Treasury mandarins have used every creative accounting trick in the book to keep it to within the limit.
Now that there are changes at the Treasury, the cat is finally out of the bag. But a new debt ceiling is just an academic exercise to regularise the current limit breach.
Parliament has already approved the 2019 Budget Policy Statement with a fiscal deficit over the medium term to be financed through additional borrowing.
Parliament also approved the 2019/2020 budget with a deficit of Sh635 billion, meaning the House has no choice but to approve the new debt limit unless it wants to trigger a shut-down at both levels of government.
The current situation was avoidable if Parliament played its public debt management oversight role more effectively.
How on earth, for example, did it approve a fiscal framework with deficits in current and subsequent years when they already knew the public debt has hit the ceiling?
So what should we do to get out of the debt trap cycle that has now taken hold in a truly viscous manner?
First, in order to slam breaks on binge borrowing, the Treasury should immediately implement measures to drastically reduce the fiscal deficit to below the GDP growth level in this current financial year.
Fiscal deficit has been the key driver of our public borrowing and this must be addressed, otherwise even the proposed debt ceiling of Sh9 trillion will be breached within the next two years.
The Big Four agenda is ambitious, costly and contradicts the fiscal consolidation policy stance.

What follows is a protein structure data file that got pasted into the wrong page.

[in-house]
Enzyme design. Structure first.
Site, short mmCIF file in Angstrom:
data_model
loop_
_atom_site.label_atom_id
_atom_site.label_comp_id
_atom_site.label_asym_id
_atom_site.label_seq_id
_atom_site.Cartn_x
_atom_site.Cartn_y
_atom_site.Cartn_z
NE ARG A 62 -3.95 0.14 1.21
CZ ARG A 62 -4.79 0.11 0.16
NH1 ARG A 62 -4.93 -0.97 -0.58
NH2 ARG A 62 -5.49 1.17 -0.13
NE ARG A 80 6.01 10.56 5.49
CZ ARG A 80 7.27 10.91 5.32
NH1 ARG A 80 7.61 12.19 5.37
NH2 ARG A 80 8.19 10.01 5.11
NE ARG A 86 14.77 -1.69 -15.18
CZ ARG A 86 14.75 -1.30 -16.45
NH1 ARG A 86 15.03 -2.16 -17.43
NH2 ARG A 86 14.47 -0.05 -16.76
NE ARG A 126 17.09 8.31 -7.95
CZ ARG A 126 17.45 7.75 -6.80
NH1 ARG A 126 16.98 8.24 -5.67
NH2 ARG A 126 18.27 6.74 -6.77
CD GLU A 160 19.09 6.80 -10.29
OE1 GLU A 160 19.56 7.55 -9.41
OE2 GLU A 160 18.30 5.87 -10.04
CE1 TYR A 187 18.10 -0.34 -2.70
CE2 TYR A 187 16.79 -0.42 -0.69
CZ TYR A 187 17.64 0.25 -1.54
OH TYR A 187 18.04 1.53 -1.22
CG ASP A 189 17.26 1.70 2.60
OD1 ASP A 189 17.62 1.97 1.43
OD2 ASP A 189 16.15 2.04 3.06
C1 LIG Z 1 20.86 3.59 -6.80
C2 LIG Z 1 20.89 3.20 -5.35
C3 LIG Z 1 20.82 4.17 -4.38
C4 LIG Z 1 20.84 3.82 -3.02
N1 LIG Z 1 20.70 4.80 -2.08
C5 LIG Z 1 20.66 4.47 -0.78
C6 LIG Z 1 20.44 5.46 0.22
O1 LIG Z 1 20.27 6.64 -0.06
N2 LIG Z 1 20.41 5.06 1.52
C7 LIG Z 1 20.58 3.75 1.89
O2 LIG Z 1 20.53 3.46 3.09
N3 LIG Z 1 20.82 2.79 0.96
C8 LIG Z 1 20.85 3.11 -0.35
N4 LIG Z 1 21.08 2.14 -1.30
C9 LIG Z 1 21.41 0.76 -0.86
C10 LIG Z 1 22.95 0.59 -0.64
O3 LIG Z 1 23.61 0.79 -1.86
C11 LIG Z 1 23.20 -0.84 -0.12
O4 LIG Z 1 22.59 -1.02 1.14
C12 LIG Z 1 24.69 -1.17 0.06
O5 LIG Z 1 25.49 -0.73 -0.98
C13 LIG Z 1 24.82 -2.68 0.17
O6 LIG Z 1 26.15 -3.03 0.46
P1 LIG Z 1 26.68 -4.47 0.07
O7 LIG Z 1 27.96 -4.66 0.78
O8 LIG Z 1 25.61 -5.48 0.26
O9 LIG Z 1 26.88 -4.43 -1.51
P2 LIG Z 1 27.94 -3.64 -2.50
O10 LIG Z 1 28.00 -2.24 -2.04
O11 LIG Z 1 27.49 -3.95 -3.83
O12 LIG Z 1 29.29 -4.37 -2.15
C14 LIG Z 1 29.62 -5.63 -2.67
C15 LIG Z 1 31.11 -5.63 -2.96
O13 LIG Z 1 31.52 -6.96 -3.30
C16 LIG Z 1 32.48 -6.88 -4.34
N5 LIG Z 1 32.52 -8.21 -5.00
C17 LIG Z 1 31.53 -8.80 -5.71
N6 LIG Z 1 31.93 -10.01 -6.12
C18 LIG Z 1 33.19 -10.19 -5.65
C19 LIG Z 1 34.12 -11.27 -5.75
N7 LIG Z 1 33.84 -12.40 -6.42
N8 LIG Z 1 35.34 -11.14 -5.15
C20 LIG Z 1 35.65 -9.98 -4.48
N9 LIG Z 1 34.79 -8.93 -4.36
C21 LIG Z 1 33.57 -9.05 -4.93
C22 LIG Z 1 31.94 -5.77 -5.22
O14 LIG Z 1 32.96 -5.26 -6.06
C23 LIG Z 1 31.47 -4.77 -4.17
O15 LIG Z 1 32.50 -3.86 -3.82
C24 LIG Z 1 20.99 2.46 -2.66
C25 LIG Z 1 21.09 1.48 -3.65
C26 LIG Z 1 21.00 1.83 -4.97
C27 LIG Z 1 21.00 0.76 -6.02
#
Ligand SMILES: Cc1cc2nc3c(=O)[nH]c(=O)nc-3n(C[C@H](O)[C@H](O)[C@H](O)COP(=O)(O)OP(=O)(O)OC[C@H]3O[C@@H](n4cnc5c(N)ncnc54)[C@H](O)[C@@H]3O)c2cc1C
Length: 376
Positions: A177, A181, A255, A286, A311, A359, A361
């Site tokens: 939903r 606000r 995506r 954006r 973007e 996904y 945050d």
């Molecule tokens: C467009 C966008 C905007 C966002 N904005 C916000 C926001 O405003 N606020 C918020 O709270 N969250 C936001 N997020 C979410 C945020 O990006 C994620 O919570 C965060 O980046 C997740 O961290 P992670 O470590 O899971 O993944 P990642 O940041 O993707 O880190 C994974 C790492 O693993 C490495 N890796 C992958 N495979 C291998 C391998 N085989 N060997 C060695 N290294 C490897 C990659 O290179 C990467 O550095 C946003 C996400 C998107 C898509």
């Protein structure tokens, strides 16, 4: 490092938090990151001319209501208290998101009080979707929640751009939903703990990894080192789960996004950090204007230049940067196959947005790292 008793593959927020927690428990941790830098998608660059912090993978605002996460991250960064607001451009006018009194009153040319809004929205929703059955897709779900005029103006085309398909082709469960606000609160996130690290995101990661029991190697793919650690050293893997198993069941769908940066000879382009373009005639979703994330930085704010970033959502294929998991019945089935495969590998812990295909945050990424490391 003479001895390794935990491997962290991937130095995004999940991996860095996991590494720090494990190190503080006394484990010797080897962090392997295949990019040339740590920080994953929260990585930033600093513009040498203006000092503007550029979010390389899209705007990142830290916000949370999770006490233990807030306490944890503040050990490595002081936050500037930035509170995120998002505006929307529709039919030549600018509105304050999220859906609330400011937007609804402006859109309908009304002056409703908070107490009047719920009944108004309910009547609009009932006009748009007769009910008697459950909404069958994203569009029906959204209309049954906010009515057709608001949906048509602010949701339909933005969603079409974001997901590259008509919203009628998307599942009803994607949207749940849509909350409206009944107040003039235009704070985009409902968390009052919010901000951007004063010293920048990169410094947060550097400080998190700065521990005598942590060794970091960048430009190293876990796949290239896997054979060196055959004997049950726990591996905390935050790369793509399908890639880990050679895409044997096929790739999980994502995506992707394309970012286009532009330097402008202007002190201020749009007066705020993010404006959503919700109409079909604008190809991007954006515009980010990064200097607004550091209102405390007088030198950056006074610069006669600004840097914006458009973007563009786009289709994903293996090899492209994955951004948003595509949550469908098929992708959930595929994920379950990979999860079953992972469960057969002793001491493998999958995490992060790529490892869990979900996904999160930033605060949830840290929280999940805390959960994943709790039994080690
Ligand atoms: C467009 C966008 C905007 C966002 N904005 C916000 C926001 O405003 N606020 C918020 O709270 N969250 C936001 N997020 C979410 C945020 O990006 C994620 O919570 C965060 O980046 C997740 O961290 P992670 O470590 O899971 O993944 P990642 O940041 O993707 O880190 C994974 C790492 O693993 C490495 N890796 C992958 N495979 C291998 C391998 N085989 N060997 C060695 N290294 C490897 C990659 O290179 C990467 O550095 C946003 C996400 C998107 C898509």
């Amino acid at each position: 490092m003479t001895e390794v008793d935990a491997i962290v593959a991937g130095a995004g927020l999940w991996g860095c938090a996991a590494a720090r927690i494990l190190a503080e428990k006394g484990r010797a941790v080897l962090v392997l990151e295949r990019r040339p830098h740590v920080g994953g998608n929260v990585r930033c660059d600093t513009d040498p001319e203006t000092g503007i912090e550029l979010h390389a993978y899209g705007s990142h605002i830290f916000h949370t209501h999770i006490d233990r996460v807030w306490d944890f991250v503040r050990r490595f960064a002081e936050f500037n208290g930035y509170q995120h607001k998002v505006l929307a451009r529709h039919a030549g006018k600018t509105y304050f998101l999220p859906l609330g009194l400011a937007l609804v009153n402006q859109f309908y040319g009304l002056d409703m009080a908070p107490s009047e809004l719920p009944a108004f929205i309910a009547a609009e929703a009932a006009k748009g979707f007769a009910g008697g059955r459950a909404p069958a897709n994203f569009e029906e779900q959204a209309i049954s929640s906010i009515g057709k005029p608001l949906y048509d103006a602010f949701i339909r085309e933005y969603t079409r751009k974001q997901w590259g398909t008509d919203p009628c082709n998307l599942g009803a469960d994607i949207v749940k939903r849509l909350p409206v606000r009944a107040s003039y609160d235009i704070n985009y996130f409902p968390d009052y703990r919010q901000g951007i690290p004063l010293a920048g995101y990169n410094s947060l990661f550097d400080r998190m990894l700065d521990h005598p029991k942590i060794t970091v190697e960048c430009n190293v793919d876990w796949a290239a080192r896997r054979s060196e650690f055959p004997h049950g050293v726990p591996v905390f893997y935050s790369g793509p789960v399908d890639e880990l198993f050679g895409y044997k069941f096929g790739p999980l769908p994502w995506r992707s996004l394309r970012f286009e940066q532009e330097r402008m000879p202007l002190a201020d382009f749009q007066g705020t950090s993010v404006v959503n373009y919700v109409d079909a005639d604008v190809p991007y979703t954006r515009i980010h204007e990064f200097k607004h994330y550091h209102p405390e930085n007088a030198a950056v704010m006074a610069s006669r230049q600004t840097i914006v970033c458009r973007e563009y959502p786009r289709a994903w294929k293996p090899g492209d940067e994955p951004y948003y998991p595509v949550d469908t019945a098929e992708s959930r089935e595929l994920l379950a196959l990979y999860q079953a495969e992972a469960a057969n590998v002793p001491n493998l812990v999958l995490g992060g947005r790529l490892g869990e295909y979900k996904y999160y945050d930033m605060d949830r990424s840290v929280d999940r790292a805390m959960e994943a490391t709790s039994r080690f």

It must be re-visited given the realities of the country's economic performance and the outlook over the medium term.
There is a need to urgently review and freeze all new projects except those already negotiated and financed through highly concessional financing from multi and bilateral agencies during this financial year.
We should instead re-focus on completing current commitments, embark on a genuine path to fiscal restraint, improve efficiency of revenue collection through best practices rather than coercion and sustain the recent anti-graft push.
Saving the country from an economic meltdown should now be President Uhuru Kenyatta’s number one agenda.
Second, we need to reverse the current composition structure of public debt to the pre-2012 portfolio structure, which was characterised by longer duration and lower cost and risk.
The restructuring plan must have prior approval of the President or Cabinet and should cover domestic and external public debt.
It must be executed in a transparent, well-guided and time-bound process to avoid under-hand deals.
The Treasury should fully disclose to Parliament the savings arising from such a debt restructuring plan and explain how the additional fiscal space arising thereof will be utilised.
Finally, we must strengthen the capability of the Treasury. A quick review of the management of this critical ministry shows a senior management team comprising individuals on acting capacities.
Although the PDMO now has a substantive director-general, oversight organs should carry out a comprehensive audit on its capability to execute the statutory responsibility of managing the country's massive Sh6 trillion debt.
The PDMO also lacks independence in executing its responsibilities. Time has come to consider operational independence of PDMO as is the case in other jurisdictions.
Finally, we now have no choice but to go back to some IMF/World Bank supported economic and financial reform programmes for credibility of economic and financial policy sake.
Mr Wehliye is a senior advisor at the Saudi Arabian Monetary Authority